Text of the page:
When Pesach rolled around, she planned her return to Scotland. But R’ Klatzko, concerned that she’d lose all she had gained if she returned to her secular environment, invited her to his Monsey home for the holiday. After an inspiring Yom Tov, Gemma returned to Neve. At that point, she had gained so much knowledge that R’ Klatzko offered her a madricha position on the yearly Akiva Israel summer tour he leads for unaffiliated Jews. “And shortly
R’ Klatzko believes that his website is the future of outreach. “With all the outreach organizations out there, we were reaching about 35,000 non-religious Jews worldwide,” he explains, “The problem is there are 12 million Jews that need to be reached so what could we do to increase the numbers?” The answer: kosher social networking. “With social networking, I have a connection to all my friend’s friends, which means that instead of 50 friends I have 500 or even 5,000 friends. My sphere of influence grows, more people hear about us and spread the word.” To prove his point, R’ Klatzko mentions a recent Google alert informing him that the Peace Corps had written an article about the site. In the last year, he continues, NBC News and The Wall Street Journal also wrote articles about Shabbat.com. “What really blows their minds,” R’ Klatzko maintains, “is how inviting the Jewish community is. They have a hard time wrapping their heads around that.”
R’ Klatzko shares a final story. A New York Times writer was raised as a Baptist and recently discovered he was Jewish. Googling, he found Shabbat.com, and invited himself to a family for a Shabbos. After a wonderful weekend he moved on to the Klatzkos for the second Shabbos of his life. “After filling us in on his background, we realized he had no Hebrew name and had never been ‘bar mitzvahed.’” In shul Shabbos morning, the ex-Baptist was called up to the Torah and given the name Moshe. The congregants threw candy at him as is traditional for a bar mitzvah boy, raised him on a chair and danced around him. It was a Shabbos “Moshe” will never forget.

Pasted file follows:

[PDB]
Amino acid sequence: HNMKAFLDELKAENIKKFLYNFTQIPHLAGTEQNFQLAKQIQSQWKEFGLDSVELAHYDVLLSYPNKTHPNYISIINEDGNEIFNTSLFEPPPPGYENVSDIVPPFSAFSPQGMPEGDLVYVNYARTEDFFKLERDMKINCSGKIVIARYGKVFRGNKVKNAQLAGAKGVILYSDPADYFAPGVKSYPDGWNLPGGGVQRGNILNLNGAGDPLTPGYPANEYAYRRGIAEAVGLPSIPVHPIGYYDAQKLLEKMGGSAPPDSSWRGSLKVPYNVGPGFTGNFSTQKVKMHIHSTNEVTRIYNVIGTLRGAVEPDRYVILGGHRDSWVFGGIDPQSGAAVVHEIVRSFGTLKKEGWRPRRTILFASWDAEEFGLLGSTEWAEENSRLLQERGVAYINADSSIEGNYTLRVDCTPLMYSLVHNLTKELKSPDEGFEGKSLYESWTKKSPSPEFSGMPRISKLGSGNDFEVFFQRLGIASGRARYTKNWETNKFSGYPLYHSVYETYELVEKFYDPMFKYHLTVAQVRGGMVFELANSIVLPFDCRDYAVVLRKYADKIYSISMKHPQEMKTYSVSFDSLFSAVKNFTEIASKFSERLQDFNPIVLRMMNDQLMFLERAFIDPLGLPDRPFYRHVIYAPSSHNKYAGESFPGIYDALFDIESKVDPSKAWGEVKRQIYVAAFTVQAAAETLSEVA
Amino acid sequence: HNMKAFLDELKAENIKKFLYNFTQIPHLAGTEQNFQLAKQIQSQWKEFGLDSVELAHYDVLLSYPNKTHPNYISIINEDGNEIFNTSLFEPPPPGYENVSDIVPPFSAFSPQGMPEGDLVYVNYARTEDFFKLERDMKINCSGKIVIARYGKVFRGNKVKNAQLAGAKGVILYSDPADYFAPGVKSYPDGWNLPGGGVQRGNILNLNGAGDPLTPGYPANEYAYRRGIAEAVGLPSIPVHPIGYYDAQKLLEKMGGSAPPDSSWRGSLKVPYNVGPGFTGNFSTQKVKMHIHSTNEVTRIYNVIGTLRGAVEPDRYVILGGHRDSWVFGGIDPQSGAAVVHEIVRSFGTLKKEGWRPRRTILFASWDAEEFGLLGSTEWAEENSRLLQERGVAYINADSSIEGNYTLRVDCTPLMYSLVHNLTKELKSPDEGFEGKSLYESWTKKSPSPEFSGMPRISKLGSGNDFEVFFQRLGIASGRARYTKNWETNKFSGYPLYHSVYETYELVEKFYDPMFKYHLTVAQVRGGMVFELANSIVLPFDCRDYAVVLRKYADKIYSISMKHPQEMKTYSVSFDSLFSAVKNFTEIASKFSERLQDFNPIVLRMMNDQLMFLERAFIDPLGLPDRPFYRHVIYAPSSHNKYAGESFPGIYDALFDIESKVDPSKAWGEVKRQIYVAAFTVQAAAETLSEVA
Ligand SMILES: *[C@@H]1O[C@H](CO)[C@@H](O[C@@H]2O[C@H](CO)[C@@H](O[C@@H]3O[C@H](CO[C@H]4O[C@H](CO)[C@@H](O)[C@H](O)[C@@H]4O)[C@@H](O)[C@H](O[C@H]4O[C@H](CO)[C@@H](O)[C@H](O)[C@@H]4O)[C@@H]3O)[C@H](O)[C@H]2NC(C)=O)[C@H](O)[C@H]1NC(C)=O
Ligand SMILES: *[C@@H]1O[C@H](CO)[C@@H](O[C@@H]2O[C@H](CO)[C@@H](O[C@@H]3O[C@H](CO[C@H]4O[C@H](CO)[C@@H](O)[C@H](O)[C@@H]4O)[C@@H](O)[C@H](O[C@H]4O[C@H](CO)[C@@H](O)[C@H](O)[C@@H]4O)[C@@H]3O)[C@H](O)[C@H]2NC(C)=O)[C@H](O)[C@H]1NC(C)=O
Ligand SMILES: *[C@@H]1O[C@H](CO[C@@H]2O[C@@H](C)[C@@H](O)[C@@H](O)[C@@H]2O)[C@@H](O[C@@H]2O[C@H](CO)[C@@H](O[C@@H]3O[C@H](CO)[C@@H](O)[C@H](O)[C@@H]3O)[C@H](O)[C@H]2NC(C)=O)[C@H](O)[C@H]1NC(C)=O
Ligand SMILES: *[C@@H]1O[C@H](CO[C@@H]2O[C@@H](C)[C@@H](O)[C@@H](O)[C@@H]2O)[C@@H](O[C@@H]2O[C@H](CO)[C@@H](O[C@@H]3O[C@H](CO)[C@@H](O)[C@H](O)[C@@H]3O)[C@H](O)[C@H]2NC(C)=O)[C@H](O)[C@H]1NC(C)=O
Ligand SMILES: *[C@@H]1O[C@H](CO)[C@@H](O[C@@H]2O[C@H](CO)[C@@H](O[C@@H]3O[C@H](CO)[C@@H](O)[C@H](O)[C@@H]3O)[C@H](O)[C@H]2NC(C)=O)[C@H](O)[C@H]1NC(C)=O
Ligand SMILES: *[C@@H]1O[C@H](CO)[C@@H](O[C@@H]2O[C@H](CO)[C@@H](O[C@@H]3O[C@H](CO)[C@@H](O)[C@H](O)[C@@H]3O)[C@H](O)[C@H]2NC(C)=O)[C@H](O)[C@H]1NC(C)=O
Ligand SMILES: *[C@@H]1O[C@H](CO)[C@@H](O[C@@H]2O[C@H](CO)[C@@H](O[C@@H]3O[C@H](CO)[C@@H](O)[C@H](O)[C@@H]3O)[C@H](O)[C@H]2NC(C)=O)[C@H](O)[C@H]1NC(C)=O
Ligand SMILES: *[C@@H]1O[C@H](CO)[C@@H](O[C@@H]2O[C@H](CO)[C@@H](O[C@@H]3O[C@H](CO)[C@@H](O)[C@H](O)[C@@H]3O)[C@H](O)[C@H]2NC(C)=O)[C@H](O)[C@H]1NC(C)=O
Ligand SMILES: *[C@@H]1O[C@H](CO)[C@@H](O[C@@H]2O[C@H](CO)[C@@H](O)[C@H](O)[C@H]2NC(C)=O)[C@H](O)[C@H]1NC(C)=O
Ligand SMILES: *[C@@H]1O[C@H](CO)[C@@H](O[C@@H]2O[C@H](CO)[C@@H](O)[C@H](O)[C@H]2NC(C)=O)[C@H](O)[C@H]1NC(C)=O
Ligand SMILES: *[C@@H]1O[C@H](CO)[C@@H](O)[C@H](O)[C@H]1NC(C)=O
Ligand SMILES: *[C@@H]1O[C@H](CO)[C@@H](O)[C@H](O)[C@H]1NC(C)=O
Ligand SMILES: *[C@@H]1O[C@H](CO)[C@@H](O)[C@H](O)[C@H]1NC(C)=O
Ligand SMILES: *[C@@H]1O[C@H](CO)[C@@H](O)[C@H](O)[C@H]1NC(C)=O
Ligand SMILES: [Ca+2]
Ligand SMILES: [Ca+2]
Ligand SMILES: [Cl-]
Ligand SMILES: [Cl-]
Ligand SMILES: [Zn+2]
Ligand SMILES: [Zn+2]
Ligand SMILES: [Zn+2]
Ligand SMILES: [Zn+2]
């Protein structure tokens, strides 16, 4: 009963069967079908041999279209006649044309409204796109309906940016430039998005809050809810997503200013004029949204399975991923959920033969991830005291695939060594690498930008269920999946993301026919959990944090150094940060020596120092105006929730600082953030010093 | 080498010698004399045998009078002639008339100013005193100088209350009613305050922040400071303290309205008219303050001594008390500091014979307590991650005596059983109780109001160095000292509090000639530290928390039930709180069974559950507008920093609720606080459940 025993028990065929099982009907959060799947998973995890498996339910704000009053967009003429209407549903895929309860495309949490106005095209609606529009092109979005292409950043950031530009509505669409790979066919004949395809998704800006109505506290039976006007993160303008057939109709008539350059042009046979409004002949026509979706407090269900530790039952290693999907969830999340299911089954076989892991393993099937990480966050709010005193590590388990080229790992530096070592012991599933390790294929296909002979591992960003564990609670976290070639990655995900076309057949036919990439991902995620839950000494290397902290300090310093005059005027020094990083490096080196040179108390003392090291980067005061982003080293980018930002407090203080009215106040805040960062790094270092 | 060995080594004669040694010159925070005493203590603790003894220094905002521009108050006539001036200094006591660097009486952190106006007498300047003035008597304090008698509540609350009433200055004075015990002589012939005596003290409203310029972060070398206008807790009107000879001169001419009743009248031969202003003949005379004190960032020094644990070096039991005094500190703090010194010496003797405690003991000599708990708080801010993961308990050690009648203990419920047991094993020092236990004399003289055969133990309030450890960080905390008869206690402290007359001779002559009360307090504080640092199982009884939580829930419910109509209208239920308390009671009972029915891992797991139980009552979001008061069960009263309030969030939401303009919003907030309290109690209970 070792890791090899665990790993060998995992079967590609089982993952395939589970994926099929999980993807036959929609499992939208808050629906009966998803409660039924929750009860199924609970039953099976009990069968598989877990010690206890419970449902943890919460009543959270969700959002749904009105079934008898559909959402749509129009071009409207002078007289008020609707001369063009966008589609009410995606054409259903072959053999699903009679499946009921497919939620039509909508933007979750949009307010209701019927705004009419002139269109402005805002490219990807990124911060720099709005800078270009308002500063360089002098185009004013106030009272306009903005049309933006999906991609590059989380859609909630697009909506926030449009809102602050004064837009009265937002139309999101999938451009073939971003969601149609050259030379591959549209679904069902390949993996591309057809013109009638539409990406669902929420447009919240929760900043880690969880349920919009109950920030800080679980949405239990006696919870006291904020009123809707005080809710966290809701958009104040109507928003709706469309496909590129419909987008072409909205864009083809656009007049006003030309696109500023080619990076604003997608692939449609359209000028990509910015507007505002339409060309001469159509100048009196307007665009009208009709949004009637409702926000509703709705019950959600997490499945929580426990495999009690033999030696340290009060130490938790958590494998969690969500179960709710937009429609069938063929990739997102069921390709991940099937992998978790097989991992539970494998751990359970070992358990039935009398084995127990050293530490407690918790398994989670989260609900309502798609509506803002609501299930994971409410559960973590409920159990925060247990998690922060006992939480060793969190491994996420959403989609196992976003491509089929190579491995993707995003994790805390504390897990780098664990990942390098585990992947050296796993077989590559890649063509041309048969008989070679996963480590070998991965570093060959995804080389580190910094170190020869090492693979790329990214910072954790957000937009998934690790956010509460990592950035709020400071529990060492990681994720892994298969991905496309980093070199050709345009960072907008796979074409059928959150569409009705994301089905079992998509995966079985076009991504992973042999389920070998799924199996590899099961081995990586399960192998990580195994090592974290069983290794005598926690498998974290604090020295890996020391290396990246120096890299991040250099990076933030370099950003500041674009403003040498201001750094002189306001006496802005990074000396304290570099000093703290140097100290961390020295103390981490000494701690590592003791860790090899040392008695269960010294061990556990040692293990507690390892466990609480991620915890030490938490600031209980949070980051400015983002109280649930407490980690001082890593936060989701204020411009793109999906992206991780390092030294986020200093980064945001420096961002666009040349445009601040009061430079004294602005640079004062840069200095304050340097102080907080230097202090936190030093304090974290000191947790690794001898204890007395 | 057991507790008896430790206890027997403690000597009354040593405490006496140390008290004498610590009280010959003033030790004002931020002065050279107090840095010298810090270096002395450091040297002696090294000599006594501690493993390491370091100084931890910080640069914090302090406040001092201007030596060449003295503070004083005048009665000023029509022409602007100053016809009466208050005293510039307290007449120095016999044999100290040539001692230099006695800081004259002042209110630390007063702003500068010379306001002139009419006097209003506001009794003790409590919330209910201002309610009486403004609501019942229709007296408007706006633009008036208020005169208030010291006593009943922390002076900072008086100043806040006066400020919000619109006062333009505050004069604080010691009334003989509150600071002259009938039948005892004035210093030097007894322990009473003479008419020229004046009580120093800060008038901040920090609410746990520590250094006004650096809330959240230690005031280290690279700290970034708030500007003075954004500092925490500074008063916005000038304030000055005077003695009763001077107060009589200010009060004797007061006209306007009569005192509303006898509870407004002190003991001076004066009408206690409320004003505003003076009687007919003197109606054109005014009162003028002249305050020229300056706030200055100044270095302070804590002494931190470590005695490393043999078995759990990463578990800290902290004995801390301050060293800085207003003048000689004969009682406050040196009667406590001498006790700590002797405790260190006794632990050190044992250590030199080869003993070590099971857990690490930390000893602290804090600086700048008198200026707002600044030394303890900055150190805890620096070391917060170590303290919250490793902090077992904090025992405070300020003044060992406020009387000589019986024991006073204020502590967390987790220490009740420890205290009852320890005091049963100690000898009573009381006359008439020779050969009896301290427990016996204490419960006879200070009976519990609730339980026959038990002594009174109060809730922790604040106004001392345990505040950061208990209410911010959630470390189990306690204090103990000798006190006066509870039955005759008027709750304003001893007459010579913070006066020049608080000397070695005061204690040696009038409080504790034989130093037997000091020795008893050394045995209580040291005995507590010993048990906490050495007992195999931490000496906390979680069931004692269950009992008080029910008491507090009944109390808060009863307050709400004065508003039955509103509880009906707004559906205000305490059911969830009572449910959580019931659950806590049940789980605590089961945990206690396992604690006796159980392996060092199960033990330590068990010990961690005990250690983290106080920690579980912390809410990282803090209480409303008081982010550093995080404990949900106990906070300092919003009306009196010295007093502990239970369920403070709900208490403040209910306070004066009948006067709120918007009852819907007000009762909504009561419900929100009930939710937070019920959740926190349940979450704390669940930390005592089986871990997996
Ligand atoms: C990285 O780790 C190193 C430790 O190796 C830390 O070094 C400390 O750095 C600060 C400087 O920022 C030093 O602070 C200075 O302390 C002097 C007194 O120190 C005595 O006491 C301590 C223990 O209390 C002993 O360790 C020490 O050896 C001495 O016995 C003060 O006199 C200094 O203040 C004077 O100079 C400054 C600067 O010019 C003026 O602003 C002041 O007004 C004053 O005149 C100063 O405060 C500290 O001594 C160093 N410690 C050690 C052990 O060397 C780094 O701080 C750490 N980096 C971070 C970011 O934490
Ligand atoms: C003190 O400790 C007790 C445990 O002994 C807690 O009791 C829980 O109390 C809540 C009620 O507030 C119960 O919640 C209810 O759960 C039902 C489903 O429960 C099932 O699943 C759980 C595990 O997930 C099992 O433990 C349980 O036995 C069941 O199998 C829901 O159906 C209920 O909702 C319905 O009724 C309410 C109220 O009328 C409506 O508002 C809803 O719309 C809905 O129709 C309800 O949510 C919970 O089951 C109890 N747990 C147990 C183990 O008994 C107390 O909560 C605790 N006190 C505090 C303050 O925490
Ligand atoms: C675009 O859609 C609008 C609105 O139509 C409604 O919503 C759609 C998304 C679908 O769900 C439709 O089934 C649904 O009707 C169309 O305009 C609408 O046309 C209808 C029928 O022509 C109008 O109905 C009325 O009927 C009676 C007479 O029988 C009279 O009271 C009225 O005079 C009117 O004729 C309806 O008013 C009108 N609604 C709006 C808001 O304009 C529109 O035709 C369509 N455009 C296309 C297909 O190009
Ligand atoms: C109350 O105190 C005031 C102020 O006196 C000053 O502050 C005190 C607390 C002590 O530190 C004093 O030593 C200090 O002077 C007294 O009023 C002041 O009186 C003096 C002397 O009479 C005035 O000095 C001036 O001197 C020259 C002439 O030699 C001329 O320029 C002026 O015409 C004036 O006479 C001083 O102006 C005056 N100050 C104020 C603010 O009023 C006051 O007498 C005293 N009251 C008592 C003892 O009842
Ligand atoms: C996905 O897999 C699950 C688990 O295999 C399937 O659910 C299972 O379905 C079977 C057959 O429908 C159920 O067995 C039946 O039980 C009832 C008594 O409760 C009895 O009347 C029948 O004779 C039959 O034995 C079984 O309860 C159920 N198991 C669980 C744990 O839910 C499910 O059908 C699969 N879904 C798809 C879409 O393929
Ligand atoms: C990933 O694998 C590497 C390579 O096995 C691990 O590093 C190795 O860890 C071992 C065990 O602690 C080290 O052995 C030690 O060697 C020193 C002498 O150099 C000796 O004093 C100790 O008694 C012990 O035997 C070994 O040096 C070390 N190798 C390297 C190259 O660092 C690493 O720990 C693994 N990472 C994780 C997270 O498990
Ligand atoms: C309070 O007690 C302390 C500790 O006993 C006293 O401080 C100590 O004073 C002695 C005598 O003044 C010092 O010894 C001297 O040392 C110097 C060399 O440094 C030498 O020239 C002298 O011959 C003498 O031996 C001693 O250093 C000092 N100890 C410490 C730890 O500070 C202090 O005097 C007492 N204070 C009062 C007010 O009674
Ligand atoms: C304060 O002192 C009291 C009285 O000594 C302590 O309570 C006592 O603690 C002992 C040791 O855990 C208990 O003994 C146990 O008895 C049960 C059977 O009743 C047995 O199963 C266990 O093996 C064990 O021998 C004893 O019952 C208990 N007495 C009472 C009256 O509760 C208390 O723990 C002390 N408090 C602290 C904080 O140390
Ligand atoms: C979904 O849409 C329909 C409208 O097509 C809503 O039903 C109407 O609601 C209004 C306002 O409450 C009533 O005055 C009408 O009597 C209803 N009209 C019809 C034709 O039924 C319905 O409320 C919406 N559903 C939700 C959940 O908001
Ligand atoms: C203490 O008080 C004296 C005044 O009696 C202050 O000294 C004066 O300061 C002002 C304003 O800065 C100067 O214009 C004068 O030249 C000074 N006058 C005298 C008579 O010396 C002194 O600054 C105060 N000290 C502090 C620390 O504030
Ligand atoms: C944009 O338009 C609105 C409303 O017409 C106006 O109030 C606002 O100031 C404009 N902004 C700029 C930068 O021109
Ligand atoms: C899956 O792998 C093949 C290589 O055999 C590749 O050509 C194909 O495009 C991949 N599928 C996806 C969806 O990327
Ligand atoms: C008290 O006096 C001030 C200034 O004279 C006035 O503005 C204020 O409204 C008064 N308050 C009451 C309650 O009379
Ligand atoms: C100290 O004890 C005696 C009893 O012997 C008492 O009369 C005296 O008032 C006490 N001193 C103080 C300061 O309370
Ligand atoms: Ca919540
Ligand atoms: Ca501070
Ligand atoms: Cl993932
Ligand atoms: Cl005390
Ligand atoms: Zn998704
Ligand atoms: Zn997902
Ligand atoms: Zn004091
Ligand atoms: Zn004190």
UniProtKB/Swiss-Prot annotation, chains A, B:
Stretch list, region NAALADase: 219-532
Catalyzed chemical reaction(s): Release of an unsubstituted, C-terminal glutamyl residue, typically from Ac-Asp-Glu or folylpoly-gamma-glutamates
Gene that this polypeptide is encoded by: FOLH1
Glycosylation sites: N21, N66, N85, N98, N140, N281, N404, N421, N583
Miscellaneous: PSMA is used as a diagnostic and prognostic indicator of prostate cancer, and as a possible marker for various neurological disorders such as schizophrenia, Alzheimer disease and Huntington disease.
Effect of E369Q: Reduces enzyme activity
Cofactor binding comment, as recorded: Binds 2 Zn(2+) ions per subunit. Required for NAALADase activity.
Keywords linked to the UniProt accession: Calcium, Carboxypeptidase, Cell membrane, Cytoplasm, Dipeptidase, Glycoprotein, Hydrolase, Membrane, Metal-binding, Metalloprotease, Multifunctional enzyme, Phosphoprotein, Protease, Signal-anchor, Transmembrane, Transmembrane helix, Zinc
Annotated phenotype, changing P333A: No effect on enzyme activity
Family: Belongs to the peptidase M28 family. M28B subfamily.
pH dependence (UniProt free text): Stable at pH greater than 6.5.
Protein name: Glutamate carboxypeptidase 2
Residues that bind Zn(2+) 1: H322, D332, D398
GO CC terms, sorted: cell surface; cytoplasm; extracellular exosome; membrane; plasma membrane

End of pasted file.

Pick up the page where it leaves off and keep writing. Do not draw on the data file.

Sometimes potential hosts are wary of signing up because they worry who the strangers coming to their home might be. R’ Klatzko emphasizes that they have a team that googles and checks backgrounds. Additionally, all those who sign up provide references and can be checked out that way as well.
There is also a parsha link on the site. Just another way of spreading Torah, R’ Klatzko says. Shabbat.com also works with Sister to Sister, an organization for divorcees and widows. They can go on the site and locate their favorite host. “This chesed is what Shabbat.com is all about,” R’ Klatzko asserts, “helping G-d’s children in whatever way they need.” A widow’s house burnt down. R’ Klatzko did a proximity search for all those who live within 2 miles and posted a request for help. Shabbat.com is also there for baalei teshuva returning from Israel who often don’t have religious support at home and are in danger of sliding back. With Shabbat.com, they can immediately hook up with a caring host.
These are some of the special services Shabbat.com provides. Running this extensive social network, however, is expensive. The cost is $16,000 a month and there are no membership fees or charges. R’ Klatzko invites anyone interested in dedicating a week or a month in memory of a loved one, or for a refuah sheleima, to contact him. The dedication will appear in the homepage for the world to appreciate. “It’s like dedicating Shabbos to the entire globe.”Malkie Schulman
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